15 January 2015 As the New Year begins, the 193-Member States of the United Nations are squarely focused on agreeing on a bold, ambitious and transformative post-2015 agenda that leaves no-one behind and provides a new framework for development and international cooperation for the next fifteen years, General Assembly President Sam Kutesa told reporters today.
“Seventy years after the founding of the United Nations, we have a truly historic opportunity to agree on an inspiring agenda that can energize the international community, governments everywhere and the citizens of the world,” he said, briefing the press at UN Headquarters.
“We must be ready to seize this challenge,” he said, referring to the opportunity provided as the Assembly begins work on crafting a sustainability agenda that will succeed the landmark, anti-poverty focused UN Millennium Development Goals (MDGs), which are to wrap up by the end of 2015.
Mr. Kutesa opened his remarks on a sombre note, condemning the “heinous and brutal” terrorist attacks that have affected several Member States over the past weeks by groups such as the Islamic State in Iraq and the Levant (ISIL), Al-Qaeda, Al-Shabaab and Boko Haram.
“[They] have put in sharp focus the rising threat of terrorism and extremism. There is no justification for such attacks and we must continue to condemn them. Terrorism in all its forms and manifestations is criminal and unjustifiable,” he declared, urging the international community to re-double its efforts to combat the scourge.
“We also need to promote peaceful dialogue and mutual understanding amongst peoples to avoid extremism and polarization,” he said, also conveying, on behalf of the General Assembly, deepest sympathy and condolences to the victims of those deplorable acts and to their families, and to the peoples and the Governments of the respective Member States.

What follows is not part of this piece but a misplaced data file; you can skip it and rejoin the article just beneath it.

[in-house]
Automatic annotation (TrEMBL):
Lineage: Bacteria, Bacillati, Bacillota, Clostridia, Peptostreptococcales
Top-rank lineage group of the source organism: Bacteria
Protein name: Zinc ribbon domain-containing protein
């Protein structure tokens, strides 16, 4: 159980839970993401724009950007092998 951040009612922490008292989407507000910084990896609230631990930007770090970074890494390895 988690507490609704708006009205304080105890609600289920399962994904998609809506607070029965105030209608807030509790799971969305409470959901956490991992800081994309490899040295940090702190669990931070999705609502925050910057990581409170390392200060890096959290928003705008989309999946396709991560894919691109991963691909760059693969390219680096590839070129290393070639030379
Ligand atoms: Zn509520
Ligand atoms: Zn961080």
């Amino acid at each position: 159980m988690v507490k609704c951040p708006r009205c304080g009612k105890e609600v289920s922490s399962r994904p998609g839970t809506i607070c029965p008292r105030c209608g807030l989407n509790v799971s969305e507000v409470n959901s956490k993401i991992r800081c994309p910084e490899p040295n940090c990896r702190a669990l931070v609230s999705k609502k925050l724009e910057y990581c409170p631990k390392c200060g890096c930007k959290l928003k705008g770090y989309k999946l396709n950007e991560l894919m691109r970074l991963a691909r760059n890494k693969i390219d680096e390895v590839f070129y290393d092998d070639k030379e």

Mr. Kutesa also underlined the importance of ensuring the rights of children, and the right of every child to have access to education in a safe learning environment. He also expressed strong support for freedom of the press, free speech and the protection of journalists.
Looking back at the world body’s achievements during the last half 2014, he spotlighted, among others, the unprecedented international response to the Ebola crisis, and the historic establishment of the UN Mission for Ebola Emergency Response (UNMEER); the endorsement of the outcome of the first World Conference on Indigenous Peoples; and completion of preparatory work for intergovernmental negotiations on the post-2015 development agenda.
“Member States, co-facilitators, and other stakeholders can count on my full and continued engagement leading up to the Summit on the post-2015 development agenda in late September,” he said, adding that agreement on the modalities for that event has set the stage for the first session of intergovernmental negotiations, would take place next week, from 19 to 21 January.